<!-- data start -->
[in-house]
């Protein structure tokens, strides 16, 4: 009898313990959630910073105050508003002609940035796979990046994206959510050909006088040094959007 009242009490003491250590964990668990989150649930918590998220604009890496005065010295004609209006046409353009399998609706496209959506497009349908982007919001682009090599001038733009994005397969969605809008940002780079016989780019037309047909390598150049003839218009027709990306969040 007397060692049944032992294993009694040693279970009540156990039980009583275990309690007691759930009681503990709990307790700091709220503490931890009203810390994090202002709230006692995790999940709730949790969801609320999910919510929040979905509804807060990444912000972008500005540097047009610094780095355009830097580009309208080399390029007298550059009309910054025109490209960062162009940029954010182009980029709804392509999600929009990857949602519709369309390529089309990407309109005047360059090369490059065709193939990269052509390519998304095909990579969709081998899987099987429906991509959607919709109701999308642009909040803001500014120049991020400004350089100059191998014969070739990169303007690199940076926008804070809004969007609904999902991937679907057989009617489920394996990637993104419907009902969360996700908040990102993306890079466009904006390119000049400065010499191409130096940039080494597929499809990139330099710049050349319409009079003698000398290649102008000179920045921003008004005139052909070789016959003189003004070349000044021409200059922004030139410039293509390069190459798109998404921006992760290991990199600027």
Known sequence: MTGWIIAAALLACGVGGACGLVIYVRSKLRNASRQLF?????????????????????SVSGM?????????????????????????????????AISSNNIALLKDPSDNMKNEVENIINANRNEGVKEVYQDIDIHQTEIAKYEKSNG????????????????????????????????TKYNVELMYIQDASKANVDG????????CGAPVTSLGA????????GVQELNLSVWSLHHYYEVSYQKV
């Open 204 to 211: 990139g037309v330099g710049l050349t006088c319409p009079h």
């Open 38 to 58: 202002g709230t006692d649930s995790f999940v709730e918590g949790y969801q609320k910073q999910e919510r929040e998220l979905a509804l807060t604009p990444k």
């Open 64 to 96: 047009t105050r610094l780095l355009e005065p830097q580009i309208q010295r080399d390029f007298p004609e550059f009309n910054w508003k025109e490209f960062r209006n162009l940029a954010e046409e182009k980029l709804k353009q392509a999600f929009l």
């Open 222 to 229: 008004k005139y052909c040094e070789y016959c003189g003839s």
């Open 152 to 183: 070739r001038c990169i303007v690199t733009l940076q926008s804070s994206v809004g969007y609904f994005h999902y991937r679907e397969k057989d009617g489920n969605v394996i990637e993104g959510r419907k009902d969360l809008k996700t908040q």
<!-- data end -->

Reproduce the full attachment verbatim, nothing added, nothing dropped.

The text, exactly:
[in-house]
């Protein structure tokens, strides 16, 4: 009898313990959630910073105050508003002609940035796979990046994206959510050909006088040094959007 009242009490003491250590964990668990989150649930918590998220604009890496005065010295004609209006046409353009399998609706496209959506497009349908982007919001682009090599001038733009994005397969969605809008940002780079016989780019037309047909390598150049003839218009027709990306969040 007397060692049944032992294993009694040693279970009540156990039980009583275990309690007691759930009681503990709990307790700091709220503490931890009203810390994090202002709230006692995790999940709730949790969801609320999910919510929040979905509804807060990444912000972008500005540097047009610094780095355009830097580009309208080399390029007298550059009309910054025109490209960062162009940029954010182009980029709804392509999600929009990857949602519709369309390529089309990407309109005047360059090369490059065709193939990269052509390519998304095909990579969709081998899987099987429906991509959607919709109701999308642009909040803001500014120049991020400004350089100059191998014969070739990169303007690199940076926008804070809004969007609904999902991937679907057989009617489920394996990637993104419907009902969360996700908040990102993306890079466009904006390119000049400065010499191409130096940039080494597929499809990139330099710049050349319409009079003698000398290649102008000179920045921003008004005139052909070789016959003189003004070349000044021409200059922004030139410039293509390069190459798109998404921006992760290991990199600027």
Known sequence: MTGWIIAAALLACGVGGACGLVIYVRSKLRNASRQLF?????????????????????SVSGM?????????????????????????????????AISSNNIALLKDPSDNMKNEVENIINANRNEGVKEVYQDIDIHQTEIAKYEKSNG????????????????????????????????TKYNVELMYIQDASKANVDG????????CGAPVTSLGA????????GVQELNLSVWSLHHYYEVSYQKV
């Open 204 to 211: 990139g037309v330099g710049l050349t006088c319409p009079h």
């Open 38 to 58: 202002g709230t006692d649930s995790f999940v709730e918590g949790y969801q609320k910073q999910e919510r929040e998220l979905a509804l807060t604009p990444k």
């Open 64 to 96: 047009t105050r610094l780095l355009e005065p830097q580009i309208q010295r080399d390029f007298p004609e550059f009309n910054w508003k025109e490209f960062r209006n162009l940029a954010e046409e182009k980029l709804k353009q392509a999600f929009l």
């Open 222 to 229: 008004k005139y052909c040094e070789y016959c003189g003839s």
């Open 152 to 183: 070739r001038c990169i303007v690199t733009l940076q926008s804070s994206v809004g969007y609904f994005h999902y991937r679907e397969k057989d009617g489920n969605v394996i990637e993104g959510r419907k009902d969360l809008k996700t908040q």